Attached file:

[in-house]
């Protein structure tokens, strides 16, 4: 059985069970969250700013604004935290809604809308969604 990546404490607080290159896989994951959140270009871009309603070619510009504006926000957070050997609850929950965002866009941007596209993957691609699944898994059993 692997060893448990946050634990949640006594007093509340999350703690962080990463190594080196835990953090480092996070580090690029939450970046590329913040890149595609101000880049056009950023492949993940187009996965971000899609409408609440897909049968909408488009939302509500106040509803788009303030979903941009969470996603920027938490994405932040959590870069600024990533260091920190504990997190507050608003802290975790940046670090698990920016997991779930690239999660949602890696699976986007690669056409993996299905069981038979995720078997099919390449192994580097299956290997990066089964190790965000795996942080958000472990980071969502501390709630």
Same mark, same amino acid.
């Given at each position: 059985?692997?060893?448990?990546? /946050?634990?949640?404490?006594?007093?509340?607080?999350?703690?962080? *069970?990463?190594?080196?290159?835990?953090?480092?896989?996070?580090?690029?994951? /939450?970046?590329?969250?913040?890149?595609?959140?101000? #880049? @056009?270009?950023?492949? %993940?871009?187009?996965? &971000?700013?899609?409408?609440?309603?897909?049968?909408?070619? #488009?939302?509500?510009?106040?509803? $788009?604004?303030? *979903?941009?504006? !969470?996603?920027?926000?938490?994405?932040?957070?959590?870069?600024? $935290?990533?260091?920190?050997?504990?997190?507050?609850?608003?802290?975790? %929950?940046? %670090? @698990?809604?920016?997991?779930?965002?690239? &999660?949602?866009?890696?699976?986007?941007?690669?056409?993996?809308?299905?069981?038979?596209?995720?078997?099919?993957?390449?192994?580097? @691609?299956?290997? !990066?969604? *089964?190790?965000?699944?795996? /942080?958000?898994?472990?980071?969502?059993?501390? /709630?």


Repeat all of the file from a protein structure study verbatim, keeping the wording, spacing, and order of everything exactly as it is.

[in-house]
């Protein structure tokens, strides 16, 4: 059985069970969250700013604004935290809604809308969604 990546404490607080290159896989994951959140270009871009309603070619510009504006926000957070050997609850929950965002866009941007596209993957691609699944898994059993 692997060893448990946050634990949640006594007093509340999350703690962080990463190594080196835990953090480092996070580090690029939450970046590329913040890149595609101000880049056009950023492949993940187009996965971000899609409408609440897909049968909408488009939302509500106040509803788009303030979903941009969470996603920027938490994405932040959590870069600024990533260091920190504990997190507050608003802290975790940046670090698990920016997991779930690239999660949602890696699976986007690669056409993996299905069981038979995720078997099919390449192994580097299956290997990066089964190790965000795996942080958000472990980071969502501390709630």
Same mark, same amino acid.
């Given at each position: 059985?692997?060893?448990?990546? /946050?634990?949640?404490?006594?007093?509340?607080?999350?703690?962080? *069970?990463?190594?080196?290159?835990?953090?480092?896989?996070?580090?690029?994951? /939450?970046?590329?969250?913040?890149?595609?959140?101000? #880049? @056009?270009?950023?492949? %993940?871009?187009?996965? &971000?700013?899609?409408?609440?309603?897909?049968?909408?070619? #488009?939302?509500?510009?106040?509803? $788009?604004?303030? *979903?941009?504006? !969470?996603?920027?926000?938490?994405?932040?957070?959590?870069?600024? $935290?990533?260091?920190?050997?504990?997190?507050?609850?608003?802290?975790? %929950?940046? %670090? @698990?809604?920016?997991?779930?965002?690239? &999660?949602?866009?890696?699976?986007?941007?690669?056409?993996?809308?299905?069981?038979?596209?995720?078997?099919?993957?390449?192994?580097? @691609?299956?290997? !990066?969604? *089964?190790?965000?699944?795996? /942080?958000?898994?472990?980071?969502?059993?501390? /709630?």